Press release

Funding for HIV treatment research exceeded US$ 2.4 billion in 2009

Governments, pharmaceutical companies, and non-profit organisations continue commitment to innovation in research and development for HIV treatment

New York/Geneva/Rome – Tuesday 19 July 2011 – Data collected for the first time on global investments in HIV treatment-related research and development showed that at least US$ 2.46 billion was available in 2009. The Treatment Action Group, AVAC, and the Joint United Nations Programme on HIV/AIDS (UNAIDS) issued the report which was released today at the International AIDS Society's 6th Conference on HIV Pathogenesis, Prevention, and Treatment in Rome, Italy. 

The report, An Exploratory Analysis of HIV Treatment Research and Development Investments in 2009, found that 48 funders worldwide (of 144 surveyed) reported investing $US 2.46 billion across six HIV-related research categories—basic science, drug discovery and development, operational and implementation science, antiretroviral prevention, applied/infrastructure and HIV diagnostics.

“Recent scientific breakthroughs have shown that antiretroviral therapy not only saves lives, it can also prevents new infections. This is a game changer for the AIDS response and will increase demand for treatment,” said Paul De Lay, Deputy Executive Director, Programme, UNAIDS. “New investments are urgently needed to produce better, cheaper medicines to ensure the 9 million people still in need of treatment for their own health gain access and that the new demand for treatment for prevention is met.”

An estimated 6.6 million people currently have access to antiretroviral treatment and a further 9 million are still in need. In a political declaration adopted at the recent United Nations High Level Meeting on AIDS in New York, UN member states committed to expanding access to treatment for 15 million people by 2015.

“This report marks the beginning of an ongoing effort to monitor global investments in HIV treatment research. It complements the existing efforts of the HIV Vaccines and Microbicides Resource Tracking Working Group which has been reporting on HIV prevention technology investments since 2004", said Kevin Fisher of AVAC.

Public-sector funders accounted for almost three-fourths of reported HIV treatment research and development spending, with the U.S. National Institute of Health as the leading public-sector investor worldwide in HIV treatment research and development, investing US$ 1.6 billion in 2009.

Pharmaceutical and biotechnology companies reported investing US$ 591 million in 2009. However, the participation from the private sector in the survey was particularly low and the report outlines that this figure is likely to be substantially higher, possibly reaching over US$ 1 billion.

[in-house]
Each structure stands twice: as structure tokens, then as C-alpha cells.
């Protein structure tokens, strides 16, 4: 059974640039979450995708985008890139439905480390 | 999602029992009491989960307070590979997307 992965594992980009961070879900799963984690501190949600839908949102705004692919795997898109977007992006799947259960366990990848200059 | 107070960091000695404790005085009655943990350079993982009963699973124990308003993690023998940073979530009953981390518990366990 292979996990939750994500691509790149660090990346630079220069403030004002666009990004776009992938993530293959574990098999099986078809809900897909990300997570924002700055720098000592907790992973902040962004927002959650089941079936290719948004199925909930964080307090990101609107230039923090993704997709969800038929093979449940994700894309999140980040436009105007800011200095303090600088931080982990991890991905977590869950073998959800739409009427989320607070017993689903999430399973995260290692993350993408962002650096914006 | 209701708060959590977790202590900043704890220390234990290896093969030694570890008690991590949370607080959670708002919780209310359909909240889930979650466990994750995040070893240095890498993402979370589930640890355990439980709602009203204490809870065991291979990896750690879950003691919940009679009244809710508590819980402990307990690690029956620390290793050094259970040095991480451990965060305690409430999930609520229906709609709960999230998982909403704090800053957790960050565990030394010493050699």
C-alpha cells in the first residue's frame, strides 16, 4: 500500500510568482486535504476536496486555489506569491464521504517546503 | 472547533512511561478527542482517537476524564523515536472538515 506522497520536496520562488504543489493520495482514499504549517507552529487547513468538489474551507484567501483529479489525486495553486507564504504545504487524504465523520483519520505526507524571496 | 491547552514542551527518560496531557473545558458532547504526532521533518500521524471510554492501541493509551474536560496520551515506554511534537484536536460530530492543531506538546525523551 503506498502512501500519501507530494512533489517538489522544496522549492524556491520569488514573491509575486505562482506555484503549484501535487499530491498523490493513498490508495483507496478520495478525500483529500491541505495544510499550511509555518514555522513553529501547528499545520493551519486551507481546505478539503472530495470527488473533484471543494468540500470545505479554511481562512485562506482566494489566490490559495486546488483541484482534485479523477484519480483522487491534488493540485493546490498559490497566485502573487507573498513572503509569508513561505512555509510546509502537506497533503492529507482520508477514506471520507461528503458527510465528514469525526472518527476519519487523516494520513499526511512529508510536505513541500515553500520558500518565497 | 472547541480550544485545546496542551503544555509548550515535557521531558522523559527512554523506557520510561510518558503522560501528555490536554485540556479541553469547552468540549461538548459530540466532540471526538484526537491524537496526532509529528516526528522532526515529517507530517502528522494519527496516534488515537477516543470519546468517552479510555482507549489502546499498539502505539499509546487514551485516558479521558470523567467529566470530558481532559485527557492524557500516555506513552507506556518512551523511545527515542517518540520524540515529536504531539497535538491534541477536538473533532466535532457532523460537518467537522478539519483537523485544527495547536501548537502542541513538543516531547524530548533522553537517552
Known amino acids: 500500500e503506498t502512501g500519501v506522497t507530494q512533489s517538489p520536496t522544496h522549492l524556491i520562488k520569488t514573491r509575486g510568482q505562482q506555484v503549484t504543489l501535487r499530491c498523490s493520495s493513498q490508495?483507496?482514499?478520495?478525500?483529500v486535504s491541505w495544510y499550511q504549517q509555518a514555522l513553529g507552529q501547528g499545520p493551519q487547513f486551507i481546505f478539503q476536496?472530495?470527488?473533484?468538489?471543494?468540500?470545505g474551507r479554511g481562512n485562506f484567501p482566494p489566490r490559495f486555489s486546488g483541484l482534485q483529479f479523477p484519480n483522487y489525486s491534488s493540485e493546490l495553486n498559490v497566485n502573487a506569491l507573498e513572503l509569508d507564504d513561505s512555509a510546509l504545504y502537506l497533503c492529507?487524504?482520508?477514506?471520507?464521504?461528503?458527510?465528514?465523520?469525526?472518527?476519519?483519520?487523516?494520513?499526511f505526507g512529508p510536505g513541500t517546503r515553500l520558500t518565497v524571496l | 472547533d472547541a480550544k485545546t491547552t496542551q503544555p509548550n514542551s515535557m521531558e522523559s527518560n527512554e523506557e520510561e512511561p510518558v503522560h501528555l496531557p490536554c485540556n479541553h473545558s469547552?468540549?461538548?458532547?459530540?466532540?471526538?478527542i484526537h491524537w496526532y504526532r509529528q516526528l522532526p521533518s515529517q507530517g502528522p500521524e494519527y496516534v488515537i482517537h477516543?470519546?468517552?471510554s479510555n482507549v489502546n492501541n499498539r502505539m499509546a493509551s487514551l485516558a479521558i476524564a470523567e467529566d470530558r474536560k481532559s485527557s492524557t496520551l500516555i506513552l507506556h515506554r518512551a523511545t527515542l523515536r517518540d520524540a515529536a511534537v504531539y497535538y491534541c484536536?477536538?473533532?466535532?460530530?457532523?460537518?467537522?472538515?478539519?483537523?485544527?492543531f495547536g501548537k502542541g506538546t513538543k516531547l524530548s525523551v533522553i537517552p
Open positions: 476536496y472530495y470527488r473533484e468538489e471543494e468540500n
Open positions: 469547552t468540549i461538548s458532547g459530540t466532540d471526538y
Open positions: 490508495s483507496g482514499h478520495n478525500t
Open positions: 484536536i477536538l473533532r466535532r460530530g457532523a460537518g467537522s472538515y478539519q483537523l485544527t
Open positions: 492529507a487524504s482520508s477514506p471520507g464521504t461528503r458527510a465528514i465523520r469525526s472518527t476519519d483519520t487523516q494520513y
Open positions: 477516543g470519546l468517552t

“HIV drug discovery and development has never been more urgent. While the discovery and development of a safe and effective HIV vaccine is ongoing, it is clear that use of antiretroviral therapy is among the most powerful tools to prevent new HIV infections, preserve health, and lengthen life expectancy” said Eleonora Jimenez-Levi, TAG’s Project Coordinator.

With new evidence showing the benefits of early initiation of HIV treatment in preventing HIV transmission, the report recommends new drug regimens be developed to be simpler, less toxic, resilient, more forgiving of treatment interruption, less prone to promote the emergence of drug resistance and have fewer complications with other drugs commonly used by people with HIV.

TAG’s Executive Director Mark Harrington concludes, “The HIV treatment research landscape is changing. Thanks to recent treatment scale-up and prevention science breakthroughs and the new global treatment target of 15 million by 2015, there is real momentum to bring the epidemic under control and ultimately end it. To capitalize on these scientific gains continued investment and innovation are necessary to prevent new infections, to ensure people currently on treatment are able to continue, and to scale up treatment to reach all those who will benefit from earlier initiation of ART.”

The report is available on-line at: www.treatmentactiongroup.org.

The HIV Treatment Research and Development Resource Tracking Project is a collaborative initiative of the Treatment Action Group (TAG) and AVAC, directed and managed by TAG, in collaboration with UNAIDS.

ABOUT TAG

Treatment Action Group (TAG) is an independent AIDS research and policy think tank fighting for better treatment, a vaccine, and a cure for AIDS. TAG works to ensure that all people with HIV receive lifesaving treatment, care, and information.

www.treatmentactiongroup.org

ABOUT AVAC

Founded in 1995, AVAC is a non-profit organization that uses education, policy analysis, advocacy and a network of global collaborations to accelerate the ethical development and global delivery of AIDS vaccines, male circumcision, microbicides, PrEP and other emerging HIV prevention options as part of a comprehensive response to the pandemic.

www.avac.org

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TAG
Eleonora Jiménez-Levi
tel. +1 212 253 7922 ext. 209


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UNAIDS
Sophie Barton-Knott
tel. +41 79 514 6894
bartonknotts@unaids.org


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AVAC
Kevin Fisher
tel. + 1 347 409 4357


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